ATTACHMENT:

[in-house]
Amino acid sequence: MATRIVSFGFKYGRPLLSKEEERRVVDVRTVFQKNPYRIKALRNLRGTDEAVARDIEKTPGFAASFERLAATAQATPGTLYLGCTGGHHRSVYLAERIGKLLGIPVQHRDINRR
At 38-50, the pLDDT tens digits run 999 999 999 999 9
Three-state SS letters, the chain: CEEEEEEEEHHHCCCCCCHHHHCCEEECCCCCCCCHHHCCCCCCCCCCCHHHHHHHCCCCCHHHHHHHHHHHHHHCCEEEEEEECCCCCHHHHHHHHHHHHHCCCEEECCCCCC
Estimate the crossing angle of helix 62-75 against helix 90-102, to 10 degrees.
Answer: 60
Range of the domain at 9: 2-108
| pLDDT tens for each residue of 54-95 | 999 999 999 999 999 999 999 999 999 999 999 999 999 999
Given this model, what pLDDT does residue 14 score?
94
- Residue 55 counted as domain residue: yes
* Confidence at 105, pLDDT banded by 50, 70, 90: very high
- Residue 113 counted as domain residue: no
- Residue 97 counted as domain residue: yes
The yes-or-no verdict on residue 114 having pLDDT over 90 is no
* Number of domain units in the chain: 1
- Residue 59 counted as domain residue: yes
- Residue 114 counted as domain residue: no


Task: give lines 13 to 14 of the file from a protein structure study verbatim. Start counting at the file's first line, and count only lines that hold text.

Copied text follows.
- Residue 113 counted as domain residue: no
- Residue 97 counted as domain residue: yes